A number of our users have written in today asking if OpenDNS is vulnerable to the recent multi-vendor DNS security issue disclosed today by my good friend and security researcher Dan Kaminsky.

I’m very proud to announce that we are one of the only DNS vendor / service providers that was not vulnerable when this issue was first discovered by Dan. During Dan’s testing he confirmed (and we later confirmed) that our DNS implementation is not susceptible to the attack that was discovered. In other words, if you used OpenDNS then you were already protected long before this attack was even discovered.

In fact, for those of you who were listening in on the Microsoft press call this morning, you’ll note that OpenDNS was suggested as the easy and simple solution for anyone who can’t upgrade their DNS infrastructure today. Pointing your DNS servers to forward requests to OpenDNS and firewalling all other DNS traffic off at your server will help mitigate this risk.

We’re going to write more about this issue in the next 24 hours to address the vulnerability in detail and explain why we aren’t affected but I wanted to get the word out now so that you know you are safe using OpenDNS.

Thanks and happy resolving… ๐Ÿ™‚

Update: Bert Hubert, author of PowerDNS, alerted me to the fact that PowerDNS was also not vulnerable when this issue was discovered. That’s not surprising considering Bert is one of the authors of the wonderful DNS forgery resilience Internet Draft that has recently been published. ๐Ÿ™‚ I updated the statement in bold appropriately.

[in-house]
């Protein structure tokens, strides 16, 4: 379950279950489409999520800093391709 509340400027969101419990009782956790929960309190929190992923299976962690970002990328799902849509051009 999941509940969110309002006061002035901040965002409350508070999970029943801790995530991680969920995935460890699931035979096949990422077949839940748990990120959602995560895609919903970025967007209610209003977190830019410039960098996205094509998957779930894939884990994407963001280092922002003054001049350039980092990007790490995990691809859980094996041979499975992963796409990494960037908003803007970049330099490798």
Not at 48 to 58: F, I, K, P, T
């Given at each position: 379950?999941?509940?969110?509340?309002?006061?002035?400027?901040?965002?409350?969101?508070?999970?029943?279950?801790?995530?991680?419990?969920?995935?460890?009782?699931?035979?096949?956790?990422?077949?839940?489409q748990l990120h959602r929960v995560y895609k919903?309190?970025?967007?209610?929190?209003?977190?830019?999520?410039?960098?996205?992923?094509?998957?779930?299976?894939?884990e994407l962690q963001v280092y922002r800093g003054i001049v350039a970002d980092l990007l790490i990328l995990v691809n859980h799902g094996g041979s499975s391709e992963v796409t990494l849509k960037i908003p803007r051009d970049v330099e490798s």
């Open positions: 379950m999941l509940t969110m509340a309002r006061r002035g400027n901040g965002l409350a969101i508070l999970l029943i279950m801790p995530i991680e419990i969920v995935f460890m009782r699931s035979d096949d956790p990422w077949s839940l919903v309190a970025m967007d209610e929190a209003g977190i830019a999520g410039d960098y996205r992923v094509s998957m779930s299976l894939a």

• You weren’t the only one, David! ๐Ÿ™‚

    Bert Hubert

  • Absolutely awesome!! I was worried about this vulnerability but I’m happy to know that OpenDNS isn’t affected at all.

    Thanks David!

  • This is actually really good for OpenDNS, its anniversary is coming up soon, and what better way to celebrate than being one of the few that aren’t vulnerable, and maybe, we can get 2 million submitted domains in domain tagging before or on the day of the anniversary, it shouldn’t be hard to do, we are quite close to that big 2.0 ๐Ÿ˜€


  • Great news indeed! OpenDNS was referenced again at DSLreports.com for those who needed a temporary workaround until one’s server could be patched.